asked the Secretary of State for the Home Department, Whether his attention has been called to a decision of Mr. Paget, in the Thames Police Court, on Friday last, in reference to the mutinous conduct of a sailor in the ship "Lockesley Hall," for which the sailor was sentenced to two days' imprisonment and the captain to twenty-one days' imprisonment, the punishment of the latter being for putting the sailor in irons when at sea on his "refusing to obey orders" and "striking the mate, doing him grievous bodily harm," which was admitted; and supposing the above sentences are in accordance with Law, what means a captain has of maintaining order and navigating his ship unless the Law be altered?
Since this Question was put on the Notice Paper I have been in communication with Mr. Paget. I must say there has been a mistake in one part of the Question. The striking of the mate and doing him grievous bodily harm is not admitted, nor was there any evidence brought before the magistrate in proof of that statement. Undoubtedly there was an assault in law, but it was of a trifling character, and it was committed under the provocation of an absolute, positive, and repeated refusal on the part of the man to do his work. The magistrate was influenced by the fact of the man having been put in irons 49 days, part of which time he was kept on bread and water, although he might have been released at any time if he had accepted the offer to be set free on the condition of obedience to orders. The man had irons placed on his legs as well as his hands after he escaped up the rigging, but no bodily injury was inflicted upon him. I understand that since the magistrate heard the case he has received from various quarters the strongest testimony as to the character of the captain for humanity, and I have therefore come to the conclusion that he has undergone sufficient punishment, and directed that he should be released, which has been done accordingly. As to the question of the means which the captain had to maintain order and navigate his ship unless the law were altered, I beg to refer the hon. Gentleman to my hon. and learned Friend the Attorney General.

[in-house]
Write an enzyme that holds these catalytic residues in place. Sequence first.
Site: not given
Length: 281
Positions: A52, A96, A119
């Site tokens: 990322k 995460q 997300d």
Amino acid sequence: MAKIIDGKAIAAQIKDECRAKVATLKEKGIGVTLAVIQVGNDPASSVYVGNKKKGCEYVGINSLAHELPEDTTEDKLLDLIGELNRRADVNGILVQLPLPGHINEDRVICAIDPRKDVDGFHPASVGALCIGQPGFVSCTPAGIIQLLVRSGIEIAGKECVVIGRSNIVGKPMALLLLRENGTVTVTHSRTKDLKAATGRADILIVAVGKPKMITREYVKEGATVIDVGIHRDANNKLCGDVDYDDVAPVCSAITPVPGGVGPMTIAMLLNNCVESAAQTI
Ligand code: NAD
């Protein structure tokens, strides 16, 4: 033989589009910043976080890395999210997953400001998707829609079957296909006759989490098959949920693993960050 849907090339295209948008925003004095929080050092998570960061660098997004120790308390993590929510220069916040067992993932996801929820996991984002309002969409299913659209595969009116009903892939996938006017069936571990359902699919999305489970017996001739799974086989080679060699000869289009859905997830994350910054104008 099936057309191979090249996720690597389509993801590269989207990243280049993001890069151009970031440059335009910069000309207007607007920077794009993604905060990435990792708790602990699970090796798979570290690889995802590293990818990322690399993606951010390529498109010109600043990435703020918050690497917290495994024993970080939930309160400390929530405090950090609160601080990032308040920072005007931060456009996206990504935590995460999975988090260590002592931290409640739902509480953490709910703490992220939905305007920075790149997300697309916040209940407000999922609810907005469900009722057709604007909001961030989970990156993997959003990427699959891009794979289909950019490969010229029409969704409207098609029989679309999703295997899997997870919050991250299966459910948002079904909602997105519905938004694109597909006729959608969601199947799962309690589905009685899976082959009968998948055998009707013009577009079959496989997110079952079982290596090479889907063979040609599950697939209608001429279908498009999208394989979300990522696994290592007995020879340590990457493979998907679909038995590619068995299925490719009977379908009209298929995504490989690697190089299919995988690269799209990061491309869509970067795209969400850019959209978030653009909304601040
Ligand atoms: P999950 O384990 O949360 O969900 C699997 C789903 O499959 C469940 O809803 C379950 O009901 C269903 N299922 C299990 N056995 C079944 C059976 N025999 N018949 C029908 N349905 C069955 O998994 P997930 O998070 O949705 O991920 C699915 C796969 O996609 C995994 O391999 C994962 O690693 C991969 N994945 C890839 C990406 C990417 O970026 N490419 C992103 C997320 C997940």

said, that the right hon. Gentleman had not answered the second part of the Question.
said, it was a pure question of law as to whether there had been an excess or not, and he would rather this Question were put to his hon. and learned Friend the Attorney General than himself.